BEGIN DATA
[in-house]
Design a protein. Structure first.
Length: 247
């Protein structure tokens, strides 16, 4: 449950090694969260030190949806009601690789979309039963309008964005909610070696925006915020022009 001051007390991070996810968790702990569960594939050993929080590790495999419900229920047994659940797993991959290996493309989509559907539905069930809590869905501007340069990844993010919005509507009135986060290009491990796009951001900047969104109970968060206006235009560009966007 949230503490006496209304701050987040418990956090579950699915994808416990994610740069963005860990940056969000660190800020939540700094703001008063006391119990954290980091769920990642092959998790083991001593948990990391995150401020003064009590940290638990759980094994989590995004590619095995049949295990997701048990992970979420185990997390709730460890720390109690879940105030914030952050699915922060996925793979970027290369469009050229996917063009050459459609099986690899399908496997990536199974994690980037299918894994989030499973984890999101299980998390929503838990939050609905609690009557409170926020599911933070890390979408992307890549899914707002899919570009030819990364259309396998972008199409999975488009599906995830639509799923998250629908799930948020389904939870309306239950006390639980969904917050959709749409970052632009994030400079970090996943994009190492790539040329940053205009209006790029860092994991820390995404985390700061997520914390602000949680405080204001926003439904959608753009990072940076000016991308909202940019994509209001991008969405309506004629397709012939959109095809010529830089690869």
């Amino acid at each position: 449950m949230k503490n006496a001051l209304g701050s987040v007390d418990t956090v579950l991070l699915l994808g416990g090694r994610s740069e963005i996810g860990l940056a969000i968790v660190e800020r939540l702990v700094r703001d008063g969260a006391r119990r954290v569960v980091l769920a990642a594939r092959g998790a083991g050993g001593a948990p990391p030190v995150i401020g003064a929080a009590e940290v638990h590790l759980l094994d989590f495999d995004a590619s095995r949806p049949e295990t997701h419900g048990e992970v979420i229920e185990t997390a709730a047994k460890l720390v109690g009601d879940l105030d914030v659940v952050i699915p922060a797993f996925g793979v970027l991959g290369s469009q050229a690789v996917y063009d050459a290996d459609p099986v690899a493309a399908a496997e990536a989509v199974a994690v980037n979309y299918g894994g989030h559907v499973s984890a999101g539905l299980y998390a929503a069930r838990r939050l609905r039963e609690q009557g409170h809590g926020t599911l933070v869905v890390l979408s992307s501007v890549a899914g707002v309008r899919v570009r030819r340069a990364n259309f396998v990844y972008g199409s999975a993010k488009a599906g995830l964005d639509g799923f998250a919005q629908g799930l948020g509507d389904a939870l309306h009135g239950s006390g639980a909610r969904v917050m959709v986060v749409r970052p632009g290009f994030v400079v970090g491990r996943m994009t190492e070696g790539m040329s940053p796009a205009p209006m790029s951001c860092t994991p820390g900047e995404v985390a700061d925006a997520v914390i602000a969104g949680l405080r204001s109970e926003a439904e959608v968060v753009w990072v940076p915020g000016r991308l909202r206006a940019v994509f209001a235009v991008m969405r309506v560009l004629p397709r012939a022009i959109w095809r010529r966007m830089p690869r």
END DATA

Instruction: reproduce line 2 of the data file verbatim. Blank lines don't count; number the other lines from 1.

Design a protein. Structure first.